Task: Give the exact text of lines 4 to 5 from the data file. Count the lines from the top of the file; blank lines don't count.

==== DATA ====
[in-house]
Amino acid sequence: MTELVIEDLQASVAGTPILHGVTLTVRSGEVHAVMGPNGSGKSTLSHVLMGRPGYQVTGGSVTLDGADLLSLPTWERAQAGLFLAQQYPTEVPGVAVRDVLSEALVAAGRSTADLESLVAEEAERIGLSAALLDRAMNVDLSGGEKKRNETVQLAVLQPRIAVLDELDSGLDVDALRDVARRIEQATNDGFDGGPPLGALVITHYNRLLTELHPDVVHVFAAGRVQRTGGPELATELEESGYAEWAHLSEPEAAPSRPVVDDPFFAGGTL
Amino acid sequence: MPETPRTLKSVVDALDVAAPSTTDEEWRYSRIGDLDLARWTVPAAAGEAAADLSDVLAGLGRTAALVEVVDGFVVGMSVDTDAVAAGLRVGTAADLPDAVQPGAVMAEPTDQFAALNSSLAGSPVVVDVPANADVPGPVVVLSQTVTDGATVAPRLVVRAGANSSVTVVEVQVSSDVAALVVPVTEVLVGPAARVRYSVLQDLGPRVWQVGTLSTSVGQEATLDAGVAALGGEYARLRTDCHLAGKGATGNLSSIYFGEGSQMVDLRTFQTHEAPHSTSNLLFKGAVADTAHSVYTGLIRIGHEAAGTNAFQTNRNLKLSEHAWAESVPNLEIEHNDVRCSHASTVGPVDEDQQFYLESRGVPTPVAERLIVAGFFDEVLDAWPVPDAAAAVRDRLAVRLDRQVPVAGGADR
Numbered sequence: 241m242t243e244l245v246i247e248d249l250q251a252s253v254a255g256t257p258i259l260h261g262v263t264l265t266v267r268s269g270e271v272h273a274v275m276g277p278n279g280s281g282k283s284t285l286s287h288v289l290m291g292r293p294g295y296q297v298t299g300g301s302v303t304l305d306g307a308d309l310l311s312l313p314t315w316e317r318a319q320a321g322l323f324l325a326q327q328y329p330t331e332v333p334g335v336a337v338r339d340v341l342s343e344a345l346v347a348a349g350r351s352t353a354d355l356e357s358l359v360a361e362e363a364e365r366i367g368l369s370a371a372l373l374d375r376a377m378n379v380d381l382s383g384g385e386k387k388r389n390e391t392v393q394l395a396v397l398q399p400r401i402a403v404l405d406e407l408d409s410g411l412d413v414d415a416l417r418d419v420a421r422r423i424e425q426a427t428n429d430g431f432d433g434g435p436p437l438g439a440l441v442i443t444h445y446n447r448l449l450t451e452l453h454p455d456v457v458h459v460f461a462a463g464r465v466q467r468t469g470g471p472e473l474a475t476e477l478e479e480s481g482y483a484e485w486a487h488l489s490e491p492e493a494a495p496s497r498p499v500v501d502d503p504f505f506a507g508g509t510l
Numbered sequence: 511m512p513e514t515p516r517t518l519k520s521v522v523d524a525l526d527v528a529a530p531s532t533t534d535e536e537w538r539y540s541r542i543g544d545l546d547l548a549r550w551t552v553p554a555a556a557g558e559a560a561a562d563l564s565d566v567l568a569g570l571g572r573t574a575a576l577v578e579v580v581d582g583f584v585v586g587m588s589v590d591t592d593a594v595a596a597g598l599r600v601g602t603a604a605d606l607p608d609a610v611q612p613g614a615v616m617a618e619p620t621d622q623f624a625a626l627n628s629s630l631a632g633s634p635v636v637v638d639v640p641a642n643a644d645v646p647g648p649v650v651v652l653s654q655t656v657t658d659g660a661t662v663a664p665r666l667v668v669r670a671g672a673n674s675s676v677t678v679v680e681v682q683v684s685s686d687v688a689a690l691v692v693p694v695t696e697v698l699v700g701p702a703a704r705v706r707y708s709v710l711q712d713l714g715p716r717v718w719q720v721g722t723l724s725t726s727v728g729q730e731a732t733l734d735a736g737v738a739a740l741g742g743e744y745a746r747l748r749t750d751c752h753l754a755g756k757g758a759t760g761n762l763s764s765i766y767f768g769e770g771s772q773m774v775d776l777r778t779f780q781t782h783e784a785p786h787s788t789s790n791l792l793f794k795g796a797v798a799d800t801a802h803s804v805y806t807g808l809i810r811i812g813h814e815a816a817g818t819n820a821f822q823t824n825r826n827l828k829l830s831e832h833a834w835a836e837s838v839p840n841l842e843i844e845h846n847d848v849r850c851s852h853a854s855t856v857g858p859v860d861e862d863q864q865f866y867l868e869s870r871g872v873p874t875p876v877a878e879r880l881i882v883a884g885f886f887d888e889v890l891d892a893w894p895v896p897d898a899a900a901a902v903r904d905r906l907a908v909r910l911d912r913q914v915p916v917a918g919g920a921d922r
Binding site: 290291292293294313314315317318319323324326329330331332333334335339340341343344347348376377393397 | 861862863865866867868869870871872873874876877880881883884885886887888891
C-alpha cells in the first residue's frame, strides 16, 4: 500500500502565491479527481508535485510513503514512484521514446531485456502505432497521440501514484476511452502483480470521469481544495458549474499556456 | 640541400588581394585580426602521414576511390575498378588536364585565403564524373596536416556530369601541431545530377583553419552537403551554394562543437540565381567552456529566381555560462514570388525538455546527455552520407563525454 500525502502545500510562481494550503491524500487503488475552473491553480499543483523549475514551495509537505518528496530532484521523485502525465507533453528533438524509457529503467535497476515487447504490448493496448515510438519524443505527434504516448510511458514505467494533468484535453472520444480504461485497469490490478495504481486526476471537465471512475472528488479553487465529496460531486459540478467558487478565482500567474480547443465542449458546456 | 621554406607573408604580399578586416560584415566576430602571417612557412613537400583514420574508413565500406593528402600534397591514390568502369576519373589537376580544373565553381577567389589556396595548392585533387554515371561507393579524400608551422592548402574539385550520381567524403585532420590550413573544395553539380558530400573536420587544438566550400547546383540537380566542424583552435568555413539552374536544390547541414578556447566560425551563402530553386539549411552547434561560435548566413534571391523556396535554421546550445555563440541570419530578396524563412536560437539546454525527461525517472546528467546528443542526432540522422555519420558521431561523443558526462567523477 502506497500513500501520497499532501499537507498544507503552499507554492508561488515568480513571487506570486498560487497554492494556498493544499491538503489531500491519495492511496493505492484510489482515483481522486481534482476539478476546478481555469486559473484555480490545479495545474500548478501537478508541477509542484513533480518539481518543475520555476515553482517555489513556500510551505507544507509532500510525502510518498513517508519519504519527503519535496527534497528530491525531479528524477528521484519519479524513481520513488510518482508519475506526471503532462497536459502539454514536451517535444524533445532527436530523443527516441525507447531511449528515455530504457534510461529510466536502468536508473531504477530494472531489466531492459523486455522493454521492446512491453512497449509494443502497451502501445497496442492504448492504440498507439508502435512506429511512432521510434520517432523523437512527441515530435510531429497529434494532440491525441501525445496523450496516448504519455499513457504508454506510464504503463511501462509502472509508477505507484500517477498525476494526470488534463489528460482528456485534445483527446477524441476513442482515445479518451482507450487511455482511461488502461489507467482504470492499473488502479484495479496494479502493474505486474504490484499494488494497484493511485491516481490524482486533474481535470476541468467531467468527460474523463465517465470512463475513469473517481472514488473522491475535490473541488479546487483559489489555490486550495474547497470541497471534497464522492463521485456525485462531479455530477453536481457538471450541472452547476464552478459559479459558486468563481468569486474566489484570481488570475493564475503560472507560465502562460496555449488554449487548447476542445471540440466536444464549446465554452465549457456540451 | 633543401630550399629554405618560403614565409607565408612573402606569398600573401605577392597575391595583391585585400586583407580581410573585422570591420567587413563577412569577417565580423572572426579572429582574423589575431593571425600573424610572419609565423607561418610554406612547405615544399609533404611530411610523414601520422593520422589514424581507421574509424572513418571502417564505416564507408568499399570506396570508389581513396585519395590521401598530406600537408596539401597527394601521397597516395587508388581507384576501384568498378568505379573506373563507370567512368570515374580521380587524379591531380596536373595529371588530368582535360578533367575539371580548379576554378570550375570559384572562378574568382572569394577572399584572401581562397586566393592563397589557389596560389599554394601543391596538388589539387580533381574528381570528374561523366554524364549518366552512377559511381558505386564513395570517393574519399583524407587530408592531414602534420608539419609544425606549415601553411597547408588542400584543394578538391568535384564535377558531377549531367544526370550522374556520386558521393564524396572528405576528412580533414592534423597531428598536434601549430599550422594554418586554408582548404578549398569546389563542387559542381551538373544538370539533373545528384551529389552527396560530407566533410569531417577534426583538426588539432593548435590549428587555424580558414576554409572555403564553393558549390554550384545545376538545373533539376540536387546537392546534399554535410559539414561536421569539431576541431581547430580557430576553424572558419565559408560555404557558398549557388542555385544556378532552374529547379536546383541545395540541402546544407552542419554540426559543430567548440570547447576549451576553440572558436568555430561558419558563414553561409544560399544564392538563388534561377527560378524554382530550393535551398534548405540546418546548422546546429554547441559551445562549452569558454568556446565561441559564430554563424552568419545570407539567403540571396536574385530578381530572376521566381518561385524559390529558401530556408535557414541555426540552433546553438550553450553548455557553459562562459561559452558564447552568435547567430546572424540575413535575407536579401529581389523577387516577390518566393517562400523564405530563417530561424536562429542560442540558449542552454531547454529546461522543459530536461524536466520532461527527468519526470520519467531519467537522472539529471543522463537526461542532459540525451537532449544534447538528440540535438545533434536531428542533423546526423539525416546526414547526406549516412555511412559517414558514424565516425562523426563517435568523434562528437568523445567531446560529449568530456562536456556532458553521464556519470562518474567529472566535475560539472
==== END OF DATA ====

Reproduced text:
Numbered sequence: 241m242t243e244l245v246i247e248d249l250q251a252s253v254a255g256t257p258i259l260h261g262v263t264l265t266v267r268s269g270e271v272h273a274v275m276g277p278n279g280s281g282k283s284t285l286s287h288v289l290m291g292r293p294g295y296q297v298t299g300g301s302v303t304l305d306g307a308d309l310l311s312l313p314t315w316e317r318a319q320a321g322l323f324l325a326q327q328y329p330t331e332v333p334g335v336a337v338r339d340v341l342s343e344a345l346v347a348a349g350r351s352t353a354d355l356e357s358l359v360a361e362e363a364e365r366i367g368l369s370a371a372l373l374d375r376a377m378n379v380d381l382s383g384g385e386k387k388r389n390e391t392v393q394l395a396v397l398q399p400r401i402a403v404l405d406e407l408d409s410g411l412d413v414d415a416l417r418d419v420a421r422r423i424e425q426a427t428n429d430g431f432d433g434g435p436p437l438g439a440l441v442i443t444h445y446n447r448l449l450t451e452l453h454p455d456v457v458h459v460f461a462a463g464r465v466q467r468t469g470g471p472e473l474a475t476e477l478e479e480s481g482y483a484e485w486a487h488l489s490e491p492e493a494a495p496s497r498p499v500v501d502d503p504f505f506a507g508g509t510l
Numbered sequence: 511m512p513e514t515p516r517t518l519k520s521v522v523d524a525l526d527v528a529a530p531s532t533t534d535e536e537w538r539y540s541r542i543g544d545l546d547l548a549r550w551t552v553p554a555a556a557g558e559a560a561a562d563l564s565d566v567l568a569g570l571g572r573t574a575a576l577v578e579v580v581d582g583f584v585v586g587m588s589v590d591t592d593a594v595a596a597g598l599r600v601g602t603a604a605d606l607p608d609a610v611q612p613g614a615v616m617a618e619p620t621d622q623f624a625a626l627n628s629s630l631a632g633s634p635v636v637v638d639v640p641a642n643a644d645v646p647g648p649v650v651v652l653s654q655t656v657t658d659g660a661t662v663a664p665r666l667v668v669r670a671g672a673n674s675s676v677t678v679v680e681v682q683v684s685s686d687v688a689a690l691v692v693p694v695t696e697v698l699v700g701p702a703a704r705v706r707y708s709v710l711q712d713l714g715p716r717v718w719q720v721g722t723l724s725t726s727v728g729q730e731a732t733l734d735a736g737v738a739a740l741g742g743e744y745a746r747l748r749t750d751c752h753l754a755g756k757g758a759t760g761n762l763s764s765i766y767f768g769e770g771s772q773m774v775d776l777r778t779f780q781t782h783e784a785p786h787s788t789s790n791l792l793f794k795g796a797v798a799d800t801a802h803s804v805y806t807g808l809i810r811i812g813h814e815a816a817g818t819n820a821f822q823t824n825r826n827l828k829l830s831e832h833a834w835a836e837s838v839p840n841l842e843i844e845h846n847d848v849r850c851s852h853a854s855t856v857g858p859v860d861e862d863q864q865f866y867l868e869s870r871g872v873p874t875p876v877a878e879r880l881i882v883a884g885f886f887d888e889v890l891d892a893w894p895v896p897d898a899a900a901a902v903r904d905r906l907a908v909r910l911d912r913q914v915p916v917a918g919g920a921d922r